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Opinion

Early history of women's suffrage

Hey there, time traveller!
This article was published 28/1/2016 (1533 days ago), so information in it may no longer be current.

When we think of the women whose efforts led Manitoba to become the first province to grant women the right to vote on equal terms with men, Nellie McClung, the province's best-known suffragist, is top of mind for many.

And while it's true the best-selling novelist and orator played a leading role in Manitoba's suffrage battle -- particularly during the four years she lived in Winnipeg -- the backstory on women's suffrage quest, begun 20 years before Jan. 28, 1916, included a handful of other notably brave and outspoken women.

Credit for much of the suffrage victory rightly belongs with Icelandic women who came as immigrants to live along the west side of Lake Winnipeg in the 1870s. Icelandic women, known for their independent minds, petitioned the Manitoba legislature for the right to vote in 1893. In fact, acting premier Thomas Herman Johnson oversaw the passage of the legislation for women's suffrage in honour of his mother's early work as a suffragist in the Icelandic community.

Icelandic-Canadian Margret Benedictsson was one of those early suffragists and published one of the first newspapers in Canada dedicated to women's rights. Freyja (a word that means a Norse goddess of love, fertility and battle) appeared from 1898 to 1910, and it championed improvements in the legal and social conditions of women. Boldly, Benedictsson also supported divorce reform and advocated for state-sponsored welfare. In 1908, she founded the Icelandic Equal Suffrage Club, spoke widely on women's rights and operated a printing company with her husband, Sigfus, whom she later divorced.

Pioneering Winnipeg physician Amelia Yeomans was among the first female doctors in Canada and another outspoken advocate for women's rights. Yeomans practiced medicine in Winnipeg's core area starting in 1883, alongside her physician daughter, Lillian Yeomans -- dedicating their careers to bettering the health of immigrants, the poor and other marginalized people.

Amelia Yeomans started the Manitoba Equal Franchise Association in 1894 and served as president of the Manitoba Women's Christian Temperance Union (WCTU) in 1896 and 1897, where E. Cora Hind also volunteered. Hind, by that time, was beginning to establish a successful career in agricultural reporting. Her first report of a farmers' convention was published in the Manitoba Free Press in 1893, and in 1901, she became a permanent staff member. The popular WCTU drove the suffrage movement during this time, and after Hind's address to the Winnipeg Trades and Labor Council in 1898, that organization also added women's suffrage to its agenda.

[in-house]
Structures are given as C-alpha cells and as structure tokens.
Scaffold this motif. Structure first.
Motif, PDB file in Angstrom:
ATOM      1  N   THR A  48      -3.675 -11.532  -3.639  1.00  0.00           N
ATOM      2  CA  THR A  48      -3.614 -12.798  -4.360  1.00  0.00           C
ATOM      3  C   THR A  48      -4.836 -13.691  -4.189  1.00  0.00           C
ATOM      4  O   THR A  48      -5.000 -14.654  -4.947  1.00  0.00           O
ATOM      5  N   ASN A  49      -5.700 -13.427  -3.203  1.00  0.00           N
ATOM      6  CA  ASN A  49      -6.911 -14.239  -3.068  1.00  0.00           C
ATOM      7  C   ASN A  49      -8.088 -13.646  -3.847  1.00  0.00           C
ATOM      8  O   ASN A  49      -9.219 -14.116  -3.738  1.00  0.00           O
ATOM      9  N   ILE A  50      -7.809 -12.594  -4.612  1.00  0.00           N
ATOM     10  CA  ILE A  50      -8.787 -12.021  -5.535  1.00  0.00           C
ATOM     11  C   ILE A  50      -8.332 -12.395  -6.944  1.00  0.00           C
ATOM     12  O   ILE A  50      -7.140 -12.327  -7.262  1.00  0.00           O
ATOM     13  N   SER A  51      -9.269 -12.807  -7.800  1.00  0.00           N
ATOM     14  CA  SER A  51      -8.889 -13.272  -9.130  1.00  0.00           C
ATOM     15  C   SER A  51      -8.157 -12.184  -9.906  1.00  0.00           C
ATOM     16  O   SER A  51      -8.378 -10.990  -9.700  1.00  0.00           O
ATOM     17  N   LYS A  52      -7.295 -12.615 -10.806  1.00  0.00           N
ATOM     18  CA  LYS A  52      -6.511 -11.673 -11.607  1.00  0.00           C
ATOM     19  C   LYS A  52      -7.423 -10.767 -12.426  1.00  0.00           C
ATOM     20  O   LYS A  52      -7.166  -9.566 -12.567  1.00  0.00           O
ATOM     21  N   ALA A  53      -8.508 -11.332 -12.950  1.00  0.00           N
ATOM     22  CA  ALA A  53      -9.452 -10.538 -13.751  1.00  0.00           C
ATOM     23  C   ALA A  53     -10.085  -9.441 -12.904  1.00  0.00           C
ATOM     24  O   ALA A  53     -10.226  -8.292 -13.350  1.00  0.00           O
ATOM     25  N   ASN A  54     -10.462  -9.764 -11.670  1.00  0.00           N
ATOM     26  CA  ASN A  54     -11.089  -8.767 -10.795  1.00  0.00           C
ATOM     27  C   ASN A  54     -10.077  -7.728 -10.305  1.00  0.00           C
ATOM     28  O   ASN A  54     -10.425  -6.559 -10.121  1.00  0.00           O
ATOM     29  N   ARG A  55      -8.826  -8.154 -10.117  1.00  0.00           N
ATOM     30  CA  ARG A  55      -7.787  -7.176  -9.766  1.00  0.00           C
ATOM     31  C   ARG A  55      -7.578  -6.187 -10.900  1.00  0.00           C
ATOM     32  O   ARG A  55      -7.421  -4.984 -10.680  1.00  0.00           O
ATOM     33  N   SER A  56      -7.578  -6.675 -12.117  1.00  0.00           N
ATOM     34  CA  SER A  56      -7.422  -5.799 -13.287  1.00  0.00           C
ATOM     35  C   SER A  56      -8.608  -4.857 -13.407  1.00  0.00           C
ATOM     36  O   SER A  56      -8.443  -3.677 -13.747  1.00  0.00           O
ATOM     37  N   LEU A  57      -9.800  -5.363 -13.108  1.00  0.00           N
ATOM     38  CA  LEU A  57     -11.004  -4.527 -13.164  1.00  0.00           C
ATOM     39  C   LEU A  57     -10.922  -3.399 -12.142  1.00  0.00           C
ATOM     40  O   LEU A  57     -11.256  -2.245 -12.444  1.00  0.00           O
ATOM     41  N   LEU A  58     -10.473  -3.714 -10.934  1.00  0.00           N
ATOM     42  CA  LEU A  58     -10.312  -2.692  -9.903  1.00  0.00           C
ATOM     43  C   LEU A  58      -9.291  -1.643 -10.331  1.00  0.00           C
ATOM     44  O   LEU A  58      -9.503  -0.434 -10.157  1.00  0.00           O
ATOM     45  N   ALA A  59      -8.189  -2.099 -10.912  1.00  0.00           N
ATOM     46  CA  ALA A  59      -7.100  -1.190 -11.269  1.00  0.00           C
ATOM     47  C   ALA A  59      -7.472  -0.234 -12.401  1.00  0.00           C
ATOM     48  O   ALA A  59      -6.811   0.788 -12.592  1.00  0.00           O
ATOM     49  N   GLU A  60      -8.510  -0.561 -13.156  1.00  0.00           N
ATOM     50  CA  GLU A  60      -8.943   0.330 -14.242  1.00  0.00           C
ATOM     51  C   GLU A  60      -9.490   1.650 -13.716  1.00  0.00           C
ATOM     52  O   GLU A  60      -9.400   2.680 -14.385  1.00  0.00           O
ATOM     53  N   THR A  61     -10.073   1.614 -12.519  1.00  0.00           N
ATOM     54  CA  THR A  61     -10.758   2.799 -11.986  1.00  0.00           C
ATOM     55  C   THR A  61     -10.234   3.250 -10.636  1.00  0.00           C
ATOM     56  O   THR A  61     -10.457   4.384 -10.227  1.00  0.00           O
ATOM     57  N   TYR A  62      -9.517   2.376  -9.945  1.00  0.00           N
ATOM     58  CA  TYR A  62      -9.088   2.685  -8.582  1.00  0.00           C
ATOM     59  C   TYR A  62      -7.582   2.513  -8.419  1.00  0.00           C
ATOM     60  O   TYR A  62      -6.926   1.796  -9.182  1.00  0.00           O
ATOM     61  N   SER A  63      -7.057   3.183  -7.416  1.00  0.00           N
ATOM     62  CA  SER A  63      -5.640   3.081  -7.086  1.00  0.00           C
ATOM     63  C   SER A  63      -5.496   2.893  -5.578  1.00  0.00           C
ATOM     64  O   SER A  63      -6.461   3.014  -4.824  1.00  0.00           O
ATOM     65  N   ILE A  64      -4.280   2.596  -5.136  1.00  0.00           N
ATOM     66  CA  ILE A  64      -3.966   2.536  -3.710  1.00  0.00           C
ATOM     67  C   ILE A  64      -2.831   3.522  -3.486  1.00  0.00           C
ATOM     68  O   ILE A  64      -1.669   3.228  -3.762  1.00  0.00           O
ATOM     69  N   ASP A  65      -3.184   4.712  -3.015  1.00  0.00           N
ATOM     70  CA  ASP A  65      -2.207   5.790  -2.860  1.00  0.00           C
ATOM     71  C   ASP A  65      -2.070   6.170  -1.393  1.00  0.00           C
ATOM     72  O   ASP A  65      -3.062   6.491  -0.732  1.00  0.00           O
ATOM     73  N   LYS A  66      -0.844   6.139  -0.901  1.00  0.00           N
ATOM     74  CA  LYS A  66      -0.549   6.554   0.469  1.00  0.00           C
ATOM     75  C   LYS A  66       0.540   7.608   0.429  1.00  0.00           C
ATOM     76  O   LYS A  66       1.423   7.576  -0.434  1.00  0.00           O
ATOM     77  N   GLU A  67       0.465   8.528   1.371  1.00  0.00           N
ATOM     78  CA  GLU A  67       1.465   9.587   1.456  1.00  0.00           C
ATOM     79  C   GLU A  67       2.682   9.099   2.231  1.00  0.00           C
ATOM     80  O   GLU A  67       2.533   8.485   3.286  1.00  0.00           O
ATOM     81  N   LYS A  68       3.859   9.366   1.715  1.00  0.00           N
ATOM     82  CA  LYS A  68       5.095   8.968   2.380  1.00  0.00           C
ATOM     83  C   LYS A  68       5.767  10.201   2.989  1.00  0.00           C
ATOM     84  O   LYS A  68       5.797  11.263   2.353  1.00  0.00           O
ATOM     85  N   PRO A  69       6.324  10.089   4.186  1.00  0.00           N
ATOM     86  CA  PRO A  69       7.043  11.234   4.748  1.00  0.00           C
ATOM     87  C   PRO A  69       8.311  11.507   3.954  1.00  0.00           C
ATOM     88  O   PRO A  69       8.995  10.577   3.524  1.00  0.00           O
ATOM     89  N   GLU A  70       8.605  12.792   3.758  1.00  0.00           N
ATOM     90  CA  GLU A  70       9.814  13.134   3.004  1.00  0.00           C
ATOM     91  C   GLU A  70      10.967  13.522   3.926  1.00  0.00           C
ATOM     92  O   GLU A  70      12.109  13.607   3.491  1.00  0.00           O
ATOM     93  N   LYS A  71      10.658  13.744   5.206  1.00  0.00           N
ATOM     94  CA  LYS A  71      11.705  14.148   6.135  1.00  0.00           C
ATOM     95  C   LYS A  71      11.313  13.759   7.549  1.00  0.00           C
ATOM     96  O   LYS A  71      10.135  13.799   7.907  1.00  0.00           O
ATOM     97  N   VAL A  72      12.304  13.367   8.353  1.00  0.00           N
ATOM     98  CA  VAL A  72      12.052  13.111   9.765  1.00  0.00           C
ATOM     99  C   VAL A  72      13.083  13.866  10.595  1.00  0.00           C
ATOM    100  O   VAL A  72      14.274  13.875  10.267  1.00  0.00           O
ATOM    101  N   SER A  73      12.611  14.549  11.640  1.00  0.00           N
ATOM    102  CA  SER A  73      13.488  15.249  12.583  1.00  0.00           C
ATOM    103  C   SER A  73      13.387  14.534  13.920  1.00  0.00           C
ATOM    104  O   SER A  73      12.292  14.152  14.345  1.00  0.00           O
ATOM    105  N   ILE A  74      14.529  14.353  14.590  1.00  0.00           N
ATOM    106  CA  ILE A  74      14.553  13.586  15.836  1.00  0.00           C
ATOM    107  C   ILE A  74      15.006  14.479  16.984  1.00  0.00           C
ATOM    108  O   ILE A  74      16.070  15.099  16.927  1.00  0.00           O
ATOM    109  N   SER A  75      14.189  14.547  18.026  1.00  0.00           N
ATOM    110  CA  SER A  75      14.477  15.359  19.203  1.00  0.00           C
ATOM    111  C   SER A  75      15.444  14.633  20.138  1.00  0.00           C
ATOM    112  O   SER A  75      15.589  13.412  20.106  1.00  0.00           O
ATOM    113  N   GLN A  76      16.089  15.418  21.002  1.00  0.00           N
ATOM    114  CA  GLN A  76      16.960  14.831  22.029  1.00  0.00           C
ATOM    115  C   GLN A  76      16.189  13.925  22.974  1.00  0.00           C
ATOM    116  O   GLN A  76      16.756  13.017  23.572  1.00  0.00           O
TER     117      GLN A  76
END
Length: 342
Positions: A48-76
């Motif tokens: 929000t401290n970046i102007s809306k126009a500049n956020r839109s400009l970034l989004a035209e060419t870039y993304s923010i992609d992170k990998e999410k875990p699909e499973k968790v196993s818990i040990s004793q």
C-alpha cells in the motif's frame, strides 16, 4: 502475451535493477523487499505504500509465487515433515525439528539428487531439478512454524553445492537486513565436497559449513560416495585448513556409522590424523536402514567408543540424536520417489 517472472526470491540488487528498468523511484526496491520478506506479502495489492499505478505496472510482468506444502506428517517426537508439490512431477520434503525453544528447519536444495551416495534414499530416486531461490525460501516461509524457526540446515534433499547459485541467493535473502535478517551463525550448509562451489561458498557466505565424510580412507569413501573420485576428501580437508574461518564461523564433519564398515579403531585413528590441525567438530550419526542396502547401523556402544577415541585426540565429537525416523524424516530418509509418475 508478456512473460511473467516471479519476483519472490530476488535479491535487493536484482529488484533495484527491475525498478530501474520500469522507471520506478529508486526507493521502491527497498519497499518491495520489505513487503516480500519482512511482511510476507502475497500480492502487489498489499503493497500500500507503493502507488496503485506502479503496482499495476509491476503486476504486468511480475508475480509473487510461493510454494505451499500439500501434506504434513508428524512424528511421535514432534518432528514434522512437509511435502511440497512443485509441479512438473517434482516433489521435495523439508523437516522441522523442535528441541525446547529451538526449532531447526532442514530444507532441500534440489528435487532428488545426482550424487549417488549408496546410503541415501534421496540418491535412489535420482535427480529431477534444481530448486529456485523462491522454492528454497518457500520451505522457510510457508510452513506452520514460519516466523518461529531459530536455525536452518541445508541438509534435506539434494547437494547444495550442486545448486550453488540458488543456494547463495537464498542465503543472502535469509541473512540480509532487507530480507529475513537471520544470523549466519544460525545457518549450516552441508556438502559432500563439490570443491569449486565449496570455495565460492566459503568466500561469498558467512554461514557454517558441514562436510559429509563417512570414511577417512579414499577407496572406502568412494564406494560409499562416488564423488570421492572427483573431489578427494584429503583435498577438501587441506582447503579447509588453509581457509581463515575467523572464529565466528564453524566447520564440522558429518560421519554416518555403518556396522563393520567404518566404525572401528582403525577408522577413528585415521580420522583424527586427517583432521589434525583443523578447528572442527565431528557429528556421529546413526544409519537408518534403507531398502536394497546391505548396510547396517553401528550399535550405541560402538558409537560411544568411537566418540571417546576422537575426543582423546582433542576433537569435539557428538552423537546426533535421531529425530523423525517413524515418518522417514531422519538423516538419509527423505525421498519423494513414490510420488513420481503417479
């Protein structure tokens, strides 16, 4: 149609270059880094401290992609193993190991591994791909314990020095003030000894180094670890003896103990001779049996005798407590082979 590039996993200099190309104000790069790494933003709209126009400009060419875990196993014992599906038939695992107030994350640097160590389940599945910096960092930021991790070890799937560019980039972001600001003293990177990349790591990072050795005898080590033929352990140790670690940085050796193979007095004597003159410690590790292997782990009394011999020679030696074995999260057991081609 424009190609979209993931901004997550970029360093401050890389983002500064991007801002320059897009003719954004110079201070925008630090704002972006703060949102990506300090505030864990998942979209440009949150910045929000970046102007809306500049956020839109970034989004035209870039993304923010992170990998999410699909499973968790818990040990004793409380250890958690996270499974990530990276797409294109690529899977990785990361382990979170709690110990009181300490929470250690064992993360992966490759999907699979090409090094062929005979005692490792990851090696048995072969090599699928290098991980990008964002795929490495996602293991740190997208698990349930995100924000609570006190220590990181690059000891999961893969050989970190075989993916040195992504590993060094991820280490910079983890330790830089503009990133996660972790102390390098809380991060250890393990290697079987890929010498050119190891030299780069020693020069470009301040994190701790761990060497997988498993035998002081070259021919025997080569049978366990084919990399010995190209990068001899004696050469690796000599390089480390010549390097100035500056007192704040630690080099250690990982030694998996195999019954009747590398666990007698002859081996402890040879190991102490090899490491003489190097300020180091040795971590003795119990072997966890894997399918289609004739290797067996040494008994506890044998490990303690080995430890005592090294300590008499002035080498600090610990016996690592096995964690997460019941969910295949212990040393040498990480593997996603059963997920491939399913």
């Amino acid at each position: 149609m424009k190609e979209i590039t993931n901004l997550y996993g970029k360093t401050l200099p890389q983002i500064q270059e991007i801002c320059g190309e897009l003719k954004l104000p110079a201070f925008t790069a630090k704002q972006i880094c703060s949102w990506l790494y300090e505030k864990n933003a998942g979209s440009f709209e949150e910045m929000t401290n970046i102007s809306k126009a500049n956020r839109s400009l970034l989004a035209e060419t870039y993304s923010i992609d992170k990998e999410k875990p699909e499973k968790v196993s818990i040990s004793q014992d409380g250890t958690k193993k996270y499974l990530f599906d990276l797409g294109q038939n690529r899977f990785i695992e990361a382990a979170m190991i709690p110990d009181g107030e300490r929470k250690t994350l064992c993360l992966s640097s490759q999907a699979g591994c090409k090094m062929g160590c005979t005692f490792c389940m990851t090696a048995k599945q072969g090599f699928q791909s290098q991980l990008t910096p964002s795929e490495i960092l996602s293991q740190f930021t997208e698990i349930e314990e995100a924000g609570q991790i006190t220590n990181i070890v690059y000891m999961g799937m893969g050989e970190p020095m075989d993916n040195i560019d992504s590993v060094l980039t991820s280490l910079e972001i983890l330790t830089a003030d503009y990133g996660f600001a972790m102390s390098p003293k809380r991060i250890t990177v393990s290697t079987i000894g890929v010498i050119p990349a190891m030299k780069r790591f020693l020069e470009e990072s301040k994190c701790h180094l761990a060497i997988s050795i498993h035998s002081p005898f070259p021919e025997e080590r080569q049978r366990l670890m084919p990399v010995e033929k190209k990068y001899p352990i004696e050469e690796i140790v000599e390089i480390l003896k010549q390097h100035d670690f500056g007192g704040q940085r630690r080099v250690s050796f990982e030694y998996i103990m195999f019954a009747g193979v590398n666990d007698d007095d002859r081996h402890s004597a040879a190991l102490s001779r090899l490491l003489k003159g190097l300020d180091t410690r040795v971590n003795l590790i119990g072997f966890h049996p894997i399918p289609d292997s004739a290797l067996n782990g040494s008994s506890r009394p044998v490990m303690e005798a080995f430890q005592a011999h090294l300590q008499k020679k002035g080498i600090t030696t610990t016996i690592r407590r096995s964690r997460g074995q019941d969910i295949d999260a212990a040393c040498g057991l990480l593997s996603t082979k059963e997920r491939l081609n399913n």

Winnipeg was, at the time, a city of 42,000, and overcrowding, inadequate housing and disease were common. Amelia Yeomans advocated for non-English-speaking immigrants and even lectured on stopping the spread of sexually transmitted diseases. She also campaigned to improve jail conditions for women, where some of her red-light district clients often landed. She persuaded Hind to write about the filthy jails, which housed men and women together.

"The cells are totally devoid of light or ventilation, except such as may be had through the doors... No sleeping accommodation is provided, and no bedding is allowed, except that blankets are sometimes given to the women... The wards are infested with vermin, drugs, lice, and cockroaches," Hind wrote.

Hind worked for the Free Press at the time the Canadian Women's Press Club was formed to advance women's status in journalism. More generally, its members advocated for women's equality, including suffrage in newspapers throughout Canada.

Other radical prairie journalists included sisters Francis Beynon and Lillian Beynon Thomas. A former organizer of the rural-based Women's Institutes, Beynon Thomas wrote about abandoned wives and destitute farm widows who lacked the right to an automatic share in family property.

Francis Beynon came to journalism a little later, after working as a copywriter for the T. Eaton Company. She gained a reputation as a women's reformer while working as the women's page editor at the Grain Growers' Guide and was an ardent pacifist.

At the close of one century and the start of the next, women reformers banded together to build public support for their cause. In 1912, Thomas and McClung formed the Political Equality League with a group of 13 others to lobby for suffrage and other women's causes. Thomas, a playwright, was its first president. Interestingly, the Council of Women, though established in Winnipeg at the time, did not advocate for women's suffrage.

The Political Equality League carried on, and on the day Manitoba's suffrage bill was finally to be introduced, there was a last-minute intervention to ensure the bill also contained the right of women to stand for public office.

The rest, as they say, is history.

 

Penni Mitchell is the editor of Herizons magazine and the author of a book about the history of women's rights in Canada, About Canada: Women's Rights.

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